The Senior Market:
The senior end of the market has been very busy this year with JP Morgan leading the way in appointing strategic hires at “Global Head of” and MD level. It will be an exciting time for them as a business next year having recently moving their hedge fund business back into their IFSC office.
There has been quite a bit of movement in the sales space also with HSBC appointing of a Head of Cross Border Sales Europe who will be based locally and MUFG appointing an Executive Director of Business Development. Other notable hires were at Capita who appointed a head of operations earlier in the year.
We predict a lot of activity at this end of the market in Q1 next year but no action will likely take place until Q2 and Q3 as people will hold off until they receive their annual bonus before making the move.
New Entrants to the Market:
Fidelity International have been the most active in recruitment market since setting up their new Dublin office earlier in the year. We have also seen a number of boutiques such as Virtus, Opus & Alter Domus enter in the Irish market, specialising in credit, private equity and hedge funds,
The Changing Landscape:
We have seen a significant shift in the Irish funds industry over the last 12 months due to increased regulation, improved technology and offshoring. There has been a significant decrease in the volume of recruitment this year and this is a trend that that is set to stay with the industry having moved from a focus on operations to a client service and oversight model.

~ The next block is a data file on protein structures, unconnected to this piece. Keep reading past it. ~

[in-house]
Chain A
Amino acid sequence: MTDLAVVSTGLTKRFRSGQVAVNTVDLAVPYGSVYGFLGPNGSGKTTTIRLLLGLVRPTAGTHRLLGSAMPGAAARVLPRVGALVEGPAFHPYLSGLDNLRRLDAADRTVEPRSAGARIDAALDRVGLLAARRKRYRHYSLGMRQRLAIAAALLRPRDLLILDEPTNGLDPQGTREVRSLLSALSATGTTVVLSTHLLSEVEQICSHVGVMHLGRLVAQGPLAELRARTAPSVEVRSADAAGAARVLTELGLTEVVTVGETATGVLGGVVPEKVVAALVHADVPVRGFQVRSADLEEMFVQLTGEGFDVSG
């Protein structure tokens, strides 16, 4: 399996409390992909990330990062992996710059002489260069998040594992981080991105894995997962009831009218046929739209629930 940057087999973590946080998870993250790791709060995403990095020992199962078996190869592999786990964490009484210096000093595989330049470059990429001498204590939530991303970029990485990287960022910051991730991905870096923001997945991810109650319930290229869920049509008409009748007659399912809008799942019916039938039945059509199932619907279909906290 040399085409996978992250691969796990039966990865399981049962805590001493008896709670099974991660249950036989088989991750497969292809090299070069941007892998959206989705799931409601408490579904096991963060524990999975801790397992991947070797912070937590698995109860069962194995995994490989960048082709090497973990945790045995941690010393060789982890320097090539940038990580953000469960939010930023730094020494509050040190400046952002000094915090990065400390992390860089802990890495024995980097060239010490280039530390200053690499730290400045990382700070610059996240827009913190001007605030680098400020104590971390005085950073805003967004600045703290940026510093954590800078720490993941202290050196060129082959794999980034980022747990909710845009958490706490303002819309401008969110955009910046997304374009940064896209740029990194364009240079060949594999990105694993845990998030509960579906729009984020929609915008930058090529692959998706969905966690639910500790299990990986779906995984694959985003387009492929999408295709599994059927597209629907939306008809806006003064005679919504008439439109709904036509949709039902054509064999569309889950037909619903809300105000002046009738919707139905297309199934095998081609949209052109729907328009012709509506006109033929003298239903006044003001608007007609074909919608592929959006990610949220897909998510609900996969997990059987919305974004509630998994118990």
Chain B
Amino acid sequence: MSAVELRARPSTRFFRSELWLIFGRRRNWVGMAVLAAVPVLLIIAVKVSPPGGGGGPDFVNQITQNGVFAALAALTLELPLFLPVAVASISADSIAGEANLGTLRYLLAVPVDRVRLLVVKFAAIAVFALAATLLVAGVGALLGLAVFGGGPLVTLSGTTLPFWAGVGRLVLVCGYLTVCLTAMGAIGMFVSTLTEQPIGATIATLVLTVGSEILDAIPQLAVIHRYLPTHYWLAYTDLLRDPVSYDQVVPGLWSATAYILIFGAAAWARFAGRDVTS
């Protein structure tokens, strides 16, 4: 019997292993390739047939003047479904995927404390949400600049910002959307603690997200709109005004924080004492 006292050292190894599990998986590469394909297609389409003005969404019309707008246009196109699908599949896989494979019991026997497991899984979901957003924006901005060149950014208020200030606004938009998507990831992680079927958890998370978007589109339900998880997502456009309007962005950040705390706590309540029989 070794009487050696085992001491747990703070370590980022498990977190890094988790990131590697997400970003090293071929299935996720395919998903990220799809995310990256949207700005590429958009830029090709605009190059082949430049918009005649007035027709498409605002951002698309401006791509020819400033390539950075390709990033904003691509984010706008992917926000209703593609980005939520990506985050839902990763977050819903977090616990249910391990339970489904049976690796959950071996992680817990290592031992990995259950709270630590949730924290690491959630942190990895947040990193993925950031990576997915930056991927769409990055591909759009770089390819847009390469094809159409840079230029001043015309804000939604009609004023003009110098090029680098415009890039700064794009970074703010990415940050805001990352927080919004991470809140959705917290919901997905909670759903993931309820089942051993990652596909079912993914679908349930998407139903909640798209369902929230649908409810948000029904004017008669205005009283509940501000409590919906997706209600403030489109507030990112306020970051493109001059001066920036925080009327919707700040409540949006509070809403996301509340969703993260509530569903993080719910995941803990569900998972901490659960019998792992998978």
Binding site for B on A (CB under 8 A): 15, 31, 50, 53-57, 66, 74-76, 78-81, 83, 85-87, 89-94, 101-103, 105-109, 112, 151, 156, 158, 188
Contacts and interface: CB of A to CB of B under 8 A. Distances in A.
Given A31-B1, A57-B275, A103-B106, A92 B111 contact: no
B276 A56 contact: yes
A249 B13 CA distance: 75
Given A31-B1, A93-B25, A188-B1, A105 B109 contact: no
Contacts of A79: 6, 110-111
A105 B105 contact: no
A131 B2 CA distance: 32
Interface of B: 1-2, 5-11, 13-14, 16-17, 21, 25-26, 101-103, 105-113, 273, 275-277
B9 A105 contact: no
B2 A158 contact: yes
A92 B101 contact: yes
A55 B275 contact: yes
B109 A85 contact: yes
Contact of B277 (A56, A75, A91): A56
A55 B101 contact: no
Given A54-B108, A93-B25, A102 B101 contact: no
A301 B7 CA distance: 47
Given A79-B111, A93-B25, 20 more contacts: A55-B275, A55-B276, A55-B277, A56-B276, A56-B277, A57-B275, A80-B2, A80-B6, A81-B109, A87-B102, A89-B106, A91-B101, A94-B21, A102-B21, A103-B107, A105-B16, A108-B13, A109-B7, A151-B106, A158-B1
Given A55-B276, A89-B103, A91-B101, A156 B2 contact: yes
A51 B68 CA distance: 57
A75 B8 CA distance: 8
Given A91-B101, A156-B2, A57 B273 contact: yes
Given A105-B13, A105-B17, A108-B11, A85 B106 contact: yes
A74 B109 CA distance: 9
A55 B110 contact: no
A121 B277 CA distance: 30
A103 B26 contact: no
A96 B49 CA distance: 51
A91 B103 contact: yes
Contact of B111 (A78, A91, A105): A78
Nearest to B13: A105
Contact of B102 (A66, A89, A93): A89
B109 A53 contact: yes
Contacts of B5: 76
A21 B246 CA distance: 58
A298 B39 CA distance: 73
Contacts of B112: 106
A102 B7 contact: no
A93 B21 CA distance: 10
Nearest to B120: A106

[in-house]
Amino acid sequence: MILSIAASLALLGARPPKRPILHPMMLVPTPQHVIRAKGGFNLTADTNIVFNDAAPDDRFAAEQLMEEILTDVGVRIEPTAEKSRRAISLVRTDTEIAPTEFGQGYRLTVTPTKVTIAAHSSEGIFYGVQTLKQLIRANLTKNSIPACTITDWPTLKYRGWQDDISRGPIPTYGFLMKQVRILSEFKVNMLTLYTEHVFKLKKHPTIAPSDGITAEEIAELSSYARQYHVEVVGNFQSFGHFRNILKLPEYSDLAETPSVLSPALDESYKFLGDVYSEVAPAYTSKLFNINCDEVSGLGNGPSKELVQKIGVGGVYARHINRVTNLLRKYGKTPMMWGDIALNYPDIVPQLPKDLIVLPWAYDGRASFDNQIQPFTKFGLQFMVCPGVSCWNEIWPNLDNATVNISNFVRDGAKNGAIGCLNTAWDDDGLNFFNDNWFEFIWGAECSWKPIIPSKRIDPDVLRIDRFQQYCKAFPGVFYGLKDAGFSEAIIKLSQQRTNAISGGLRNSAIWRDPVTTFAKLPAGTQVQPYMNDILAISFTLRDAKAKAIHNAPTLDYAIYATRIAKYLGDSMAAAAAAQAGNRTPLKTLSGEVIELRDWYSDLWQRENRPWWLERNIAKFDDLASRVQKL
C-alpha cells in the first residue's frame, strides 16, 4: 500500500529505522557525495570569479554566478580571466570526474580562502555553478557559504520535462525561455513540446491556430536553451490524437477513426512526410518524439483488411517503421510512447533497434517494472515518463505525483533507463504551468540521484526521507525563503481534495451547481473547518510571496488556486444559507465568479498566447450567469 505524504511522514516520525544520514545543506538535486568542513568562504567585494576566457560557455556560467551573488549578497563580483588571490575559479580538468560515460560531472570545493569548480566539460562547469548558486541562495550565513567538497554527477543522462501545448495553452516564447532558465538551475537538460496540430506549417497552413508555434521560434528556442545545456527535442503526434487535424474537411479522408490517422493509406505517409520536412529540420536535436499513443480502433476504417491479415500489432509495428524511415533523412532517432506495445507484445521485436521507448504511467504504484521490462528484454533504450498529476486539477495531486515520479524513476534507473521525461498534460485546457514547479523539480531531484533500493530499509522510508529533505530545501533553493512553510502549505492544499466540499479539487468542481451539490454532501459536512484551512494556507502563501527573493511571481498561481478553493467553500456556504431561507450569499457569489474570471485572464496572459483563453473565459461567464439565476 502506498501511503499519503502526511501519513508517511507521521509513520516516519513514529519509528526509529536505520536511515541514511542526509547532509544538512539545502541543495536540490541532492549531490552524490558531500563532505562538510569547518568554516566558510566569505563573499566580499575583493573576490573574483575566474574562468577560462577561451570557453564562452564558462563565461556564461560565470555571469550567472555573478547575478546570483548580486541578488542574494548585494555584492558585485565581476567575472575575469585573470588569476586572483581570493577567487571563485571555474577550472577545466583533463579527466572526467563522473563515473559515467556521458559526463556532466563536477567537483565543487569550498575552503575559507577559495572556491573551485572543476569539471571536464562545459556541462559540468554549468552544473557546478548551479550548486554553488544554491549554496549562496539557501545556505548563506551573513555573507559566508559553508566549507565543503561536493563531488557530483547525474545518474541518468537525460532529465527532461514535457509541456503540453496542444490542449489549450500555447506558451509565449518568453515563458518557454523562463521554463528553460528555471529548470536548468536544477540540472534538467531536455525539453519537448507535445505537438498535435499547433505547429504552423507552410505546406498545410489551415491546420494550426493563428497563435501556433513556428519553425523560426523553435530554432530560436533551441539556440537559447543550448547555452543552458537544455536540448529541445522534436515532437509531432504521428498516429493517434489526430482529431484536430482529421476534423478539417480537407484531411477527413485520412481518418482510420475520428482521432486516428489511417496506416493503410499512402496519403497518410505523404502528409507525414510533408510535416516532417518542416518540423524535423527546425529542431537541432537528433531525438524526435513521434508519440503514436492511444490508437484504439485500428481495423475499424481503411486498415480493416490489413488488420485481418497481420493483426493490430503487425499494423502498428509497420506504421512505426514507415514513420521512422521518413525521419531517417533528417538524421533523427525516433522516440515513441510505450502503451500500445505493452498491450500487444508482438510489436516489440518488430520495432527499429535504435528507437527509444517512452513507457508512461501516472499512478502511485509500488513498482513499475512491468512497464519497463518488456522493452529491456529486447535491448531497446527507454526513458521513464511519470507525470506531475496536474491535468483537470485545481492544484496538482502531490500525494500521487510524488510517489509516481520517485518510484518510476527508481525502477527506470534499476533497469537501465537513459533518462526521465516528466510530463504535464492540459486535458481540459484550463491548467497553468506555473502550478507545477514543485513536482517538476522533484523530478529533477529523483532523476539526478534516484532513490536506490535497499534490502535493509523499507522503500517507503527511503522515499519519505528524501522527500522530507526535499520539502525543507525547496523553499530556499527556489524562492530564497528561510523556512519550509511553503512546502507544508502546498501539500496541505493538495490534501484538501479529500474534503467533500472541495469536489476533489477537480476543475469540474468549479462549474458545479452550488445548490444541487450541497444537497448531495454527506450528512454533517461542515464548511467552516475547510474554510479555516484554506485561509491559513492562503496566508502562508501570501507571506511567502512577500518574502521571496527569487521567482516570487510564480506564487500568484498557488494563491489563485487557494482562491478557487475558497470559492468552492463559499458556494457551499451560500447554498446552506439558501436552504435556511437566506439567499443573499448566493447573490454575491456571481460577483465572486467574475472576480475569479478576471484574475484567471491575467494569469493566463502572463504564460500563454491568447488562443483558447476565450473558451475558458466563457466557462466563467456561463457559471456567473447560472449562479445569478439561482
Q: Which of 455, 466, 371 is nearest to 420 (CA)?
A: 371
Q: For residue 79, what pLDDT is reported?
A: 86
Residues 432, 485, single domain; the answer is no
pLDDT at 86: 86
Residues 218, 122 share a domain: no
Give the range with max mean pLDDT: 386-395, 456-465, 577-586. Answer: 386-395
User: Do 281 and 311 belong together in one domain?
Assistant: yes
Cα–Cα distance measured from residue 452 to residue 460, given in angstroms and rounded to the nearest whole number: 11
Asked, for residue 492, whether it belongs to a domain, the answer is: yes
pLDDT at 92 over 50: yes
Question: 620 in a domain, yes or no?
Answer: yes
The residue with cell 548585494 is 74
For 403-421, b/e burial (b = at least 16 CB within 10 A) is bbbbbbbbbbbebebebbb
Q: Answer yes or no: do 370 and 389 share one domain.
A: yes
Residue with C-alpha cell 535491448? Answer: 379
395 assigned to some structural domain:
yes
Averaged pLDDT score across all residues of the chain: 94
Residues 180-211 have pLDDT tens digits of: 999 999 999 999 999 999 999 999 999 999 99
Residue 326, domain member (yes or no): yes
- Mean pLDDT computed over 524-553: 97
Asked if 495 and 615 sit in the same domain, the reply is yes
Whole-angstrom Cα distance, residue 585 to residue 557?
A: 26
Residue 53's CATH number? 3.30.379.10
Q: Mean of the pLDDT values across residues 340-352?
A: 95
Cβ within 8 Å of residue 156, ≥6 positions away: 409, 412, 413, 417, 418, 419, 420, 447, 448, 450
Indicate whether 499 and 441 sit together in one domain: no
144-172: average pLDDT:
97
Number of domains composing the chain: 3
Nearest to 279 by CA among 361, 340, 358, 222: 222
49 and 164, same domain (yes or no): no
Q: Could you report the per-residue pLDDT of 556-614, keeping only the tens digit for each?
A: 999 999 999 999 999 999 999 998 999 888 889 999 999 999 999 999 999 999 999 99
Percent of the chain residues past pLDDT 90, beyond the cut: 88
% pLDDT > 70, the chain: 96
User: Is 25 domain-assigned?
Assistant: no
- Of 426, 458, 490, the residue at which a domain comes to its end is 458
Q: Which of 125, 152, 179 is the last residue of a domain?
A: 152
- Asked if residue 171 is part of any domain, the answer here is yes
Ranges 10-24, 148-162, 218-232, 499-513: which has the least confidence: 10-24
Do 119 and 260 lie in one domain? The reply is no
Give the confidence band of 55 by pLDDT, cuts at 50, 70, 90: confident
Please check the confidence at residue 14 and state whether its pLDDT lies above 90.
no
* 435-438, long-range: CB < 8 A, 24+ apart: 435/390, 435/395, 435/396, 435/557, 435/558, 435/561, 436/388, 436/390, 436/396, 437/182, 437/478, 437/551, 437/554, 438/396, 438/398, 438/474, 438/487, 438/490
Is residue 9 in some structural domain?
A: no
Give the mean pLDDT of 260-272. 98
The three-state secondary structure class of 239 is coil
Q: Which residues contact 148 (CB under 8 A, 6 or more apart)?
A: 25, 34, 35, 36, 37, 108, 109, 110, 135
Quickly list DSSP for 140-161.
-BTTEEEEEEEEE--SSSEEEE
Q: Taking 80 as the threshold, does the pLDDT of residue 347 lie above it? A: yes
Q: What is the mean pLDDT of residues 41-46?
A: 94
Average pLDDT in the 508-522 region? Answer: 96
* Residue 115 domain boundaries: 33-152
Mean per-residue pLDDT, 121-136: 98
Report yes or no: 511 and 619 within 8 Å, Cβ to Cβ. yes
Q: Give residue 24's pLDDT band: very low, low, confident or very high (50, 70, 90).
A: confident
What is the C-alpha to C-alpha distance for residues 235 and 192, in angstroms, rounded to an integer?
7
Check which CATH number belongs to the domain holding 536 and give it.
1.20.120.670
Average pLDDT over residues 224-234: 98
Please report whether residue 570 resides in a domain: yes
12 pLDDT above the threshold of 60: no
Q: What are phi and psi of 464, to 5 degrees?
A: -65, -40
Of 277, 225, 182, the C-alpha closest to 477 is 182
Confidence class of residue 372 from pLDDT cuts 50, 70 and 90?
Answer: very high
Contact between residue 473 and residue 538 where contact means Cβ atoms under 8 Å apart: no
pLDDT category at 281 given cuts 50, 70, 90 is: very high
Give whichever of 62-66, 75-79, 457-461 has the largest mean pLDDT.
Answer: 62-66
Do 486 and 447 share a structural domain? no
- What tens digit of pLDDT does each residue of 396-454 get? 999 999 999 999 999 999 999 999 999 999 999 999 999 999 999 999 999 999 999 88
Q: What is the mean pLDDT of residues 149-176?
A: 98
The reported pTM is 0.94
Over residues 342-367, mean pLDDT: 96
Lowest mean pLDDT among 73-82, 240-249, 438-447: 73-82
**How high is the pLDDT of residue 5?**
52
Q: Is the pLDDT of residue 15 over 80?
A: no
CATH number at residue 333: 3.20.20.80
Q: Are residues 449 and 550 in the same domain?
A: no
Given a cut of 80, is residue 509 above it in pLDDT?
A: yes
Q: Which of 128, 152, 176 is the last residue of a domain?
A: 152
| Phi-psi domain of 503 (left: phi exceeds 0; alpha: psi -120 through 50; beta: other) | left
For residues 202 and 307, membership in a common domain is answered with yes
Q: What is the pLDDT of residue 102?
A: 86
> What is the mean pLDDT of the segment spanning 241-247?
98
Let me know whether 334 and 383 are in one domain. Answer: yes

We believe this to be a positive shift as our clients will be looking to hire more high profile and skilled positions in areas such as private equity, middle office, fund oversight, depository, risk, compliance, technology, advisory and relationship management. A real plus to the industry will be more investment banking middle office and operations type positions, conditional on Brexit having a positive impact on the Irish FS industry.
On the back of Brexit there was a lot of excitement about Canary Wharf firms relocating to the IFSC, from speaking to people in both the London and local market the big banks are under pressure from their Shareholders to make Brexit strategy plans with this likely be executed in Q1 and Q2 next year, dependant on when the UK invoke article 50. The positions that will initially move across will be in Product, Risk, Trading, Compliance and Operations it will be a long-term process due to regulation approval and securing suitable commercial space.
There is a strong argument to suggest that the FS market will see no major downside as a result Brexit. If it is a soft Brexit then we would assume this to encompass fairly lose trade and “passporting” agreements between the UK and the EU which should mean fairly low impact on Brexit to the Irish FS environment. If we have a hard Brexit then the UK based FS firms will have to look at alternative options with Frankfurt, Paris and Dublin being the most obvious choices. Dublin is highly likely to benefit from this. Obviously, our infrastructure is a problem so to suggest that 1000’s of jobs will relocate to Dublin is a bit farfetched but any increase will be a plus to the Irish FS industry.
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